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somni-, somno-, somn-, -somnia, -somniac (Latin: sleep; dream).

Can an insomniac be fined for resisting a rest? -Graffiti

A person will die from total lack of sleep sooner than from starvation. Death will occur after about ten days without sleep; starvation takes a few weeks. A no-sleep death is no gradual fade away affair—it is preceded by insanity.

Neil McAleer in The Body Almanac

Sleeping badly.
1. Any disturbances of normal sleep or rhythm pattern.
2. Any disturbances that may involve the amount, quality, or timing of sleep . They include primary insomnia, primary hypersomnia, narcolepsy, breathing-related sleep disorders, altitude insomnia, food allergy insomnia, environmental sleep disorder, and circadian rhythm sleep disorders.

A person who has a disturbance of normal sleep.
hypersomnia, hypersomnic:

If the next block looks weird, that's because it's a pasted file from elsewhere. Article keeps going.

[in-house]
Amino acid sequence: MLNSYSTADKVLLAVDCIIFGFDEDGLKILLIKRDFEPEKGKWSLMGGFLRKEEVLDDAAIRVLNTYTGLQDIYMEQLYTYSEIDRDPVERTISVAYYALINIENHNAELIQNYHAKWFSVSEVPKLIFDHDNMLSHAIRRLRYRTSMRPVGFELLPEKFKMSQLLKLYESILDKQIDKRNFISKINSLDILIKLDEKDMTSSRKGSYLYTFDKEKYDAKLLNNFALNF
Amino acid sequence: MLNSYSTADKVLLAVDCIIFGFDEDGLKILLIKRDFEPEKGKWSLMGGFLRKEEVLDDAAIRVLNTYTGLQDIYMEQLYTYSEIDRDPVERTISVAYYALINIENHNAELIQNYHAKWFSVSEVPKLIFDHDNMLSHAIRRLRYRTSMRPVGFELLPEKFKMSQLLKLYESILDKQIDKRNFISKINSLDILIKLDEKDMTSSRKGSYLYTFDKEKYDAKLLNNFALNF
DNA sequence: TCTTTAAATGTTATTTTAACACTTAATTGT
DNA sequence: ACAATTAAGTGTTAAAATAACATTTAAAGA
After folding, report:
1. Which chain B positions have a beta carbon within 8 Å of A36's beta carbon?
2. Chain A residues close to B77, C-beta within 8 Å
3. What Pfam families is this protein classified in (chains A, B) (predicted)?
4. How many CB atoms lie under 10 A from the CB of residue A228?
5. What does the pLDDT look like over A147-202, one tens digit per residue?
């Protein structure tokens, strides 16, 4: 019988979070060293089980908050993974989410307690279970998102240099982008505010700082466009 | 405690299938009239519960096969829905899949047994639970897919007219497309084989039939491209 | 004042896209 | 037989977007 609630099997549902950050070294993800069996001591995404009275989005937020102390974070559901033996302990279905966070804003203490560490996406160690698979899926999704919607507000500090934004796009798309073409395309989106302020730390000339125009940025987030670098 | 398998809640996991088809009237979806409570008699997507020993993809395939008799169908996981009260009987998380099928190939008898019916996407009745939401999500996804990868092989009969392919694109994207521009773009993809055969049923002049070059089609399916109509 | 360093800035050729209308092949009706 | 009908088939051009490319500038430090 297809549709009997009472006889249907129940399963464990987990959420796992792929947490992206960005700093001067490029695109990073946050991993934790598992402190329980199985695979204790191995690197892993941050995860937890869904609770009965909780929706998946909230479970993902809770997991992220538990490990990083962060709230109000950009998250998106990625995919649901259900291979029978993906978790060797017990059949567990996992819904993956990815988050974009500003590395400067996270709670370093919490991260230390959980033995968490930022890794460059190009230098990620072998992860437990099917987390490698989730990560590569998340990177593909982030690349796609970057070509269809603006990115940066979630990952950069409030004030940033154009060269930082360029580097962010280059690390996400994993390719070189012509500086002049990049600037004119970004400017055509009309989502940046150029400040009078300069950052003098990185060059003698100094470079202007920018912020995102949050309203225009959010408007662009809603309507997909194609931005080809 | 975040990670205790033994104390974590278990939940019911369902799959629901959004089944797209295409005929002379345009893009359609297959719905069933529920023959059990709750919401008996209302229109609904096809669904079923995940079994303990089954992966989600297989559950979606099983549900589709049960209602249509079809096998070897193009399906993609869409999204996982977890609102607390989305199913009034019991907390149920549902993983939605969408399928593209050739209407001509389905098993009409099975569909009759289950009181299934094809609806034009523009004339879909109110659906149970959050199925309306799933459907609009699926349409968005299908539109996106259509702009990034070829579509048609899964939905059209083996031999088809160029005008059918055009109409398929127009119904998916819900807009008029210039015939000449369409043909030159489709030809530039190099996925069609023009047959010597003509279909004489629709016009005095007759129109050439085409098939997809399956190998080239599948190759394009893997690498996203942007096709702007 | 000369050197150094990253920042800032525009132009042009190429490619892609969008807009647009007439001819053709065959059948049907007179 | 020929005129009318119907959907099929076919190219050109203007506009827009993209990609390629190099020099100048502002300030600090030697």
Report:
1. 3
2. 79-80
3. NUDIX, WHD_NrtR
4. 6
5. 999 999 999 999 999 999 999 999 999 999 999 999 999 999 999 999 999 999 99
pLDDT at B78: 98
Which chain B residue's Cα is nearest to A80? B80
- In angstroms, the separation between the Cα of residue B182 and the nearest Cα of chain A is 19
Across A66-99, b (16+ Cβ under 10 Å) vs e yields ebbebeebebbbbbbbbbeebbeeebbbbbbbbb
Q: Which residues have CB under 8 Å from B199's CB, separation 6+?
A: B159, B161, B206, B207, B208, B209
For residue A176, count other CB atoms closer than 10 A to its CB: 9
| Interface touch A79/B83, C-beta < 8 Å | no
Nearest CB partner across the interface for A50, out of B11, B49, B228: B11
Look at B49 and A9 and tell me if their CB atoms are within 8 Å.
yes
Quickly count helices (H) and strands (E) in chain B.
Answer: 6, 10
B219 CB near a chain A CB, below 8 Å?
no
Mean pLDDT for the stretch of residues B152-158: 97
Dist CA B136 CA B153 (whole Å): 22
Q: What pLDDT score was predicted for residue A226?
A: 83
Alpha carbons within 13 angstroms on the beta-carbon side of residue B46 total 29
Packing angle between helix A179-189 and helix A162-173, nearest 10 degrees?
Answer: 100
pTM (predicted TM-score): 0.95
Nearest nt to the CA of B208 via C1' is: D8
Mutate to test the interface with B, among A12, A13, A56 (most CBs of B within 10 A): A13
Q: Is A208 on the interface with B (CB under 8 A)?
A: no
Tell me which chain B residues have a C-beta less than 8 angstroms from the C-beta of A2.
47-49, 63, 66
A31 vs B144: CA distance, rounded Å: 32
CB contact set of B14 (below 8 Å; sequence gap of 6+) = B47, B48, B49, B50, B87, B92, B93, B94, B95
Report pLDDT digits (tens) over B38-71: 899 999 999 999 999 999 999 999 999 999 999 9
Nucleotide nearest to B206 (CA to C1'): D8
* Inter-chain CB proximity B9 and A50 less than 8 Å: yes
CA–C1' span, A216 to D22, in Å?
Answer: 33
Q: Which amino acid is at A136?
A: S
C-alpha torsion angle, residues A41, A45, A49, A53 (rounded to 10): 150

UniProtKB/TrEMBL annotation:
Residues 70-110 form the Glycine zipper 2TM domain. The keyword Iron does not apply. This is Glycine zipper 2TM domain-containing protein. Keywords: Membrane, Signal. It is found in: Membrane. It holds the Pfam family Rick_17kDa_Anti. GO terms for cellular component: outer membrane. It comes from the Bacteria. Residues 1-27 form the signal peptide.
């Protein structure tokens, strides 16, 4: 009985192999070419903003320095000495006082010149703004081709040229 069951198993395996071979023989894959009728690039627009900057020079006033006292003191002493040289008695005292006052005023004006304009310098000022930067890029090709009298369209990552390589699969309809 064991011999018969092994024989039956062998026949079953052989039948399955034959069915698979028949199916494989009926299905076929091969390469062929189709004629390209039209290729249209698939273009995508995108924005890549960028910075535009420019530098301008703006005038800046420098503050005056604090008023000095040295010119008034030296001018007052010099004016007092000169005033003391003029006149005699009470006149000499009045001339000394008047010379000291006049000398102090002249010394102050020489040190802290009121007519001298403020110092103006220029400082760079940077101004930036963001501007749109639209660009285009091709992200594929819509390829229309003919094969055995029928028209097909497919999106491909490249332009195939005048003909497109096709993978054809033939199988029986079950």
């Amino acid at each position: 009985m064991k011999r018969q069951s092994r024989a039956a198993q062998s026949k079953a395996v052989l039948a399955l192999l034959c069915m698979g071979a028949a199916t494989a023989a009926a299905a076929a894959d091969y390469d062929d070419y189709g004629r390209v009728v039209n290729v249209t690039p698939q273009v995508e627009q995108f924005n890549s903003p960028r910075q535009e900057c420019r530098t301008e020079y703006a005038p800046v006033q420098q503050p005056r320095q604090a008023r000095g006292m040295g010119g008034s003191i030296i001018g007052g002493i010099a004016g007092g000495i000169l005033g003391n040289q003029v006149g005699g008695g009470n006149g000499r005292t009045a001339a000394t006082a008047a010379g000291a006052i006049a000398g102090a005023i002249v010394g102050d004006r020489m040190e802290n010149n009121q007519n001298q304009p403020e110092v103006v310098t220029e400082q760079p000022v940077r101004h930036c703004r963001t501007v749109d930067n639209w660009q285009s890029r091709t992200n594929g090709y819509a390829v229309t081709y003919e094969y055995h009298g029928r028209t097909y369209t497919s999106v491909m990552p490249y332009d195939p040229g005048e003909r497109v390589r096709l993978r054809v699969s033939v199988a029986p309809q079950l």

1. A condition characterized by abnormally long or frequent periods, or abnormal depth, of sleep.
2. Excessive or uncontrollable sleepiness.
3. A condition in which sleep periods are excessively long, but the person responds normally in the intervals; distinguished from somnolence.
A condition of getting insufficient sleep.
Pertaining to a reduction of sleep time.
Decrease in normal sleepiness.
1. The inability to sleep; sleeplessness.
2. Inability to sleep, in the absence of external impediments, such as noise, a bright light, etc., during the period when sleep should normally occur; may vary in degree from restlessness or disturbed slumber to a curtailment of the normal length of sleep or to absolute wakefulness.
1. Someone who can not sleep; sleeplessness.
2. Exhibiting, tending toward, or producing insomnia.
The state of being insomnolent; insomnia.
Occurring in the midst of a dream
Between sleeping and waking.
Affected with insomnia; sleepless, unable to sleep.
Any dysfunction associated with sleep, e.g., somnabulism, pavor nocturnus, enureseis, or nocturnal seizures.
The process or technique of recording movements during sleep.
The recorded physiological function(s) obtained from polysomnography.
polysomnograph, polysomnographic: